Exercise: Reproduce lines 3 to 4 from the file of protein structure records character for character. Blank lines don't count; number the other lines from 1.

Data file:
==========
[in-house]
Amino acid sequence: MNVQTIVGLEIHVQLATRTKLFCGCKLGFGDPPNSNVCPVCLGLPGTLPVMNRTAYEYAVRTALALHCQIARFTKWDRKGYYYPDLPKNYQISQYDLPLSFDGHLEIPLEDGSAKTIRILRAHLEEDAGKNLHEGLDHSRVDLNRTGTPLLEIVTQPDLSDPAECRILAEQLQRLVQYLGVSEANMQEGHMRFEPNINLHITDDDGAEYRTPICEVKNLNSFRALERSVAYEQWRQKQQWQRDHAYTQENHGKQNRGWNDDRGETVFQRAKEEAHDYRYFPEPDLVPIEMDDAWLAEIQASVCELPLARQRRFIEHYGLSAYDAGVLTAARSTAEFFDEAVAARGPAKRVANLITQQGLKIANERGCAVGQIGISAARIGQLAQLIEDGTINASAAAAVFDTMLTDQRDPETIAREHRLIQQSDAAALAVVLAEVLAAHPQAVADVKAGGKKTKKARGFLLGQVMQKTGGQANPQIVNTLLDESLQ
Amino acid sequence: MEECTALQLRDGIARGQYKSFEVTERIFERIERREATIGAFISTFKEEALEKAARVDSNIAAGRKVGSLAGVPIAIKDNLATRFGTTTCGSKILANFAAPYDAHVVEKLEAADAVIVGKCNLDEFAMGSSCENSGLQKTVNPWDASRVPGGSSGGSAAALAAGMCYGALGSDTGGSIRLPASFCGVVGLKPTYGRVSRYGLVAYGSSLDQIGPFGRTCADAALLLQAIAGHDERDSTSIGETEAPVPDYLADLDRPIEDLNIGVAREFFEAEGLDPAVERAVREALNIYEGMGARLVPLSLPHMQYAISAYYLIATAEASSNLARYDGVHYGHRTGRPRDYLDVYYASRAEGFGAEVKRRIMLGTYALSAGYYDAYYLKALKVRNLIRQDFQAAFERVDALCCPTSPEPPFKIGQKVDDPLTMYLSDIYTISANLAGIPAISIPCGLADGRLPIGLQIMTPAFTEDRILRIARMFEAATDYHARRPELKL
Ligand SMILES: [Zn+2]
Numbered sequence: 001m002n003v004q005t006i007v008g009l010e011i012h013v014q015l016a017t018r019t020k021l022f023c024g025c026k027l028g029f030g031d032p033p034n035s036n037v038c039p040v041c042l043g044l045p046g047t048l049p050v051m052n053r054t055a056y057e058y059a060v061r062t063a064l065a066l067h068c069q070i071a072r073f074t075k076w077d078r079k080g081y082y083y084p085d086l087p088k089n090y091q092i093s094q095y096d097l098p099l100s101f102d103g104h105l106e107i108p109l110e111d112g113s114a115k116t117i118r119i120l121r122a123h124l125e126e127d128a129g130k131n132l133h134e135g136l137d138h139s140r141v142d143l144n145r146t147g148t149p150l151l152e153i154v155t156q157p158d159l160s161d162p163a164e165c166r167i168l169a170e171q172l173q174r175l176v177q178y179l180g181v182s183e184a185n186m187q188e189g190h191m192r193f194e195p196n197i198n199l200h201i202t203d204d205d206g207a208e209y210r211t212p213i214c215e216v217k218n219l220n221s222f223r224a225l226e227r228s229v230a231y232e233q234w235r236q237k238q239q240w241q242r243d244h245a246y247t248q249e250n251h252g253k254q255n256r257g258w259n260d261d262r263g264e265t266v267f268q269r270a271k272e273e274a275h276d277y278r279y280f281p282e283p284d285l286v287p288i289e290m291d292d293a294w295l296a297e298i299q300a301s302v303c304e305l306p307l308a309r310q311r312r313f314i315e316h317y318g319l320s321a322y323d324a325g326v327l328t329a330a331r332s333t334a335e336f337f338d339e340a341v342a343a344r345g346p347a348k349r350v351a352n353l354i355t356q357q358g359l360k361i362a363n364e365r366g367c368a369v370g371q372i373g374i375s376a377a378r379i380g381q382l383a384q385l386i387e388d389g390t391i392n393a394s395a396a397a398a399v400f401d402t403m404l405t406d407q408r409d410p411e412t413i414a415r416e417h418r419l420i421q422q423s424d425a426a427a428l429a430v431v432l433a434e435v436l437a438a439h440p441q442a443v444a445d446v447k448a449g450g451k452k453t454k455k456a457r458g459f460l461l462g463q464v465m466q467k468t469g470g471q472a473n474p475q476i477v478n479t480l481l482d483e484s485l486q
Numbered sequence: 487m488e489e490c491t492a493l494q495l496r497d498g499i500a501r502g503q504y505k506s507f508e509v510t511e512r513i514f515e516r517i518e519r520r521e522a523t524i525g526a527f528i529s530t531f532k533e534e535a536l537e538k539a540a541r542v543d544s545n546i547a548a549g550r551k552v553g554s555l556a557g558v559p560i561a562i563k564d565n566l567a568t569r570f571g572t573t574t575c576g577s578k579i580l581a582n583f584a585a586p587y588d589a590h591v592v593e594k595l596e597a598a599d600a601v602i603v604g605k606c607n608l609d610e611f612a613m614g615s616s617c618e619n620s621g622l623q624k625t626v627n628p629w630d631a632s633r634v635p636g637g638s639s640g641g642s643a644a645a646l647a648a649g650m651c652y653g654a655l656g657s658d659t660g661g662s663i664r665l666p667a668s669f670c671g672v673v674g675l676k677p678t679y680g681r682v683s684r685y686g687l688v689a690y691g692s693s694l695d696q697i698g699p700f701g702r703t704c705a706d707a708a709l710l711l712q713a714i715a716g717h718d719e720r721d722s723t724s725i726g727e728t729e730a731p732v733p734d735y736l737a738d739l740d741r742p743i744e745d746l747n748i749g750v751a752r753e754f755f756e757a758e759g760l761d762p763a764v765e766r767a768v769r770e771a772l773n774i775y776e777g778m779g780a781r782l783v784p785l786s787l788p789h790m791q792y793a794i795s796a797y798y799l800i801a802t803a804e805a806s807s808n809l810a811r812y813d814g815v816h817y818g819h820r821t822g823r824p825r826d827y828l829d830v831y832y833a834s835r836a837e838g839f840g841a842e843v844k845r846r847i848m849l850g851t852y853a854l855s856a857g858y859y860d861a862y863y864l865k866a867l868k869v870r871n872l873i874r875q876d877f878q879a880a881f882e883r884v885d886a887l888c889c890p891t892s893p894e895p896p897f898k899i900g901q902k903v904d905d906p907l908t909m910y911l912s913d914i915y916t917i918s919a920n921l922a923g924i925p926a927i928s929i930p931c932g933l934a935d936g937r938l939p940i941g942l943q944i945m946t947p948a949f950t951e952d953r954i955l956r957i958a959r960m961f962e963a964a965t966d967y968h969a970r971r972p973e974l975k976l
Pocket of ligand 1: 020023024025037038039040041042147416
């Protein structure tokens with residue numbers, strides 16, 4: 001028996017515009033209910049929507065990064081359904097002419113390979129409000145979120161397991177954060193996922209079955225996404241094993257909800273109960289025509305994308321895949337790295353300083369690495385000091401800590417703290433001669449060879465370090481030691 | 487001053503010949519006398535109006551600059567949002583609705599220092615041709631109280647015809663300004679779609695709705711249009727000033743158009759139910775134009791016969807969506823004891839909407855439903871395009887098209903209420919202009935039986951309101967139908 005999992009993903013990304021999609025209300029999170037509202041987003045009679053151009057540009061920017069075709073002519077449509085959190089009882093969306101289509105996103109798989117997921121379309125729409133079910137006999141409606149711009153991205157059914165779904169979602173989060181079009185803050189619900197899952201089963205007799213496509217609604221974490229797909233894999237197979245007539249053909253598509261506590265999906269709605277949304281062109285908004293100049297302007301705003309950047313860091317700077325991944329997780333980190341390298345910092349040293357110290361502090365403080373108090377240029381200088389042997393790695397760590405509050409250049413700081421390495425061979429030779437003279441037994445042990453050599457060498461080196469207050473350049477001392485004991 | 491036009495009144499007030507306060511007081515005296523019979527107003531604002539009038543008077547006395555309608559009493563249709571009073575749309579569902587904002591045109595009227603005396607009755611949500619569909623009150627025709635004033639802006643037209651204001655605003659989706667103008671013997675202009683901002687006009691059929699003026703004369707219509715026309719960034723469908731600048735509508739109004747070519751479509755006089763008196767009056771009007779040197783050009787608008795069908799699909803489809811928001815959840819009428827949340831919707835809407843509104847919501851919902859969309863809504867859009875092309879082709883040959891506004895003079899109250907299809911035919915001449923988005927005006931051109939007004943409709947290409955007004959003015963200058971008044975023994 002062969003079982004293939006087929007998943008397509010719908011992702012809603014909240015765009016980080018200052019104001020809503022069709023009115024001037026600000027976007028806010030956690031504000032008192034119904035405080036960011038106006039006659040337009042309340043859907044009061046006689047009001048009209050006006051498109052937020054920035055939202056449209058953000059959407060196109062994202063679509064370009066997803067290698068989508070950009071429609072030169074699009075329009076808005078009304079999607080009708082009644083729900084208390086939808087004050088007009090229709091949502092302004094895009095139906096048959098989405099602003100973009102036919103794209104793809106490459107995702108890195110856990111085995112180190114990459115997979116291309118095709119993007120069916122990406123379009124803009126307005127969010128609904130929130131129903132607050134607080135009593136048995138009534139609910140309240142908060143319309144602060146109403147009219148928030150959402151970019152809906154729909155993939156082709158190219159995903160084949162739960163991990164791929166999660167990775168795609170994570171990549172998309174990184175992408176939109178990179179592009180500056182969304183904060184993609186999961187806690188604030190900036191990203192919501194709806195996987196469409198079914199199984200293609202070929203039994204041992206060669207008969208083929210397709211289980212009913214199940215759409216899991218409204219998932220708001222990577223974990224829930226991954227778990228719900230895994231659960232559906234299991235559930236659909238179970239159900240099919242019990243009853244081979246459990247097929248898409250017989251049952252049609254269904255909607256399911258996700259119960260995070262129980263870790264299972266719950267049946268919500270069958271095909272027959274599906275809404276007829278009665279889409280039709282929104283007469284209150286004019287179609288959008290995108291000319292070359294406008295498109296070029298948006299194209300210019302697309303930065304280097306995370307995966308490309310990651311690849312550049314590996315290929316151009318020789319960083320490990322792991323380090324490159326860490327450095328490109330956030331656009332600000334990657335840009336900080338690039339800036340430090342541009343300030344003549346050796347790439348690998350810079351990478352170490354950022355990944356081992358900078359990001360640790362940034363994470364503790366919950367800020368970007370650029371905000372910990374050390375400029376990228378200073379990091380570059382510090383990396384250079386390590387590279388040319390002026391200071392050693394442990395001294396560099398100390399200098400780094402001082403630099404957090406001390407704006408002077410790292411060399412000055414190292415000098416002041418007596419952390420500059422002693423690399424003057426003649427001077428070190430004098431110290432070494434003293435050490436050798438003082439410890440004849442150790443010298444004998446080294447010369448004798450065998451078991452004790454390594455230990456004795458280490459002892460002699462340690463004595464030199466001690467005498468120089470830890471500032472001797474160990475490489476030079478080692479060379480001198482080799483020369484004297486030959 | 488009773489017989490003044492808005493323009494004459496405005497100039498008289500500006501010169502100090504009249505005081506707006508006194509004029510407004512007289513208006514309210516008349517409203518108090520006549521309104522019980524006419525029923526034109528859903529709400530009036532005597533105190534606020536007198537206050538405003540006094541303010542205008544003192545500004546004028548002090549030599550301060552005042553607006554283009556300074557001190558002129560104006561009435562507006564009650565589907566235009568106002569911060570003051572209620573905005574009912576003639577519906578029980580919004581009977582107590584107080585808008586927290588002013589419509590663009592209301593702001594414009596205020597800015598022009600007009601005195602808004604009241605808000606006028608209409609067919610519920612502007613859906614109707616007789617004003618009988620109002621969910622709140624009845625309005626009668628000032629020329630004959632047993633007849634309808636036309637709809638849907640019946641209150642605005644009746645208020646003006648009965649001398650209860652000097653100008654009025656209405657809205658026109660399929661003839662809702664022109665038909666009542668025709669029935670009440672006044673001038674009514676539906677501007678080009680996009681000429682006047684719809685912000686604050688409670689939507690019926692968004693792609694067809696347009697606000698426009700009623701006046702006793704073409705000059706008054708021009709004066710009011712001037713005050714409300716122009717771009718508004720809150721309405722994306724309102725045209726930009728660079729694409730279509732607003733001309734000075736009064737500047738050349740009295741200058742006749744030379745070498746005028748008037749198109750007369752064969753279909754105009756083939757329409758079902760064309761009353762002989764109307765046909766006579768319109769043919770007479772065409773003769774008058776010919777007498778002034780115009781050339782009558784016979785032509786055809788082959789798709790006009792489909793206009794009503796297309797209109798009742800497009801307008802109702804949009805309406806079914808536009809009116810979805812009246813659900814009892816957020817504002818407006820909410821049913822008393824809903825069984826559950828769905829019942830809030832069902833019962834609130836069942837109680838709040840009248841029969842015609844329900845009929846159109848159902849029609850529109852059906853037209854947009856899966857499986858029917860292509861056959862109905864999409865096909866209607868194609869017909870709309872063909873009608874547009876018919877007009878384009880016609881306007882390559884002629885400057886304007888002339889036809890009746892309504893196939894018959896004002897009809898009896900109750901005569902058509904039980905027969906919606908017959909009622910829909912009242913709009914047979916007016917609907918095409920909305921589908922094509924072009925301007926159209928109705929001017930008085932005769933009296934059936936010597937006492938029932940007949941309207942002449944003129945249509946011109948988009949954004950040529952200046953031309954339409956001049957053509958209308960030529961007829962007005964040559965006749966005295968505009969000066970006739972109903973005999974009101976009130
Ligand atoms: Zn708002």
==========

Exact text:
Amino acid sequence: MEECTALQLRDGIARGQYKSFEVTERIFERIERREATIGAFISTFKEEALEKAARVDSNIAAGRKVGSLAGVPIAIKDNLATRFGTTTCGSKILANFAAPYDAHVVEKLEAADAVIVGKCNLDEFAMGSSCENSGLQKTVNPWDASRVPGGSSGGSAAALAAGMCYGALGSDTGGSIRLPASFCGVVGLKPTYGRVSRYGLVAYGSSLDQIGPFGRTCADAALLLQAIAGHDERDSTSIGETEAPVPDYLADLDRPIEDLNIGVAREFFEAEGLDPAVERAVREALNIYEGMGARLVPLSLPHMQYAISAYYLIATAEASSNLARYDGVHYGHRTGRPRDYLDVYYASRAEGFGAEVKRRIMLGTYALSAGYYDAYYLKALKVRNLIRQDFQAAFERVDALCCPTSPEPPFKIGQKVDDPLTMYLSDIYTISANLAGIPAISIPCGLADGRLPIGLQIMTPAFTEDRILRIARMFEAATDYHARRPELKL
Ligand SMILES: [Zn+2]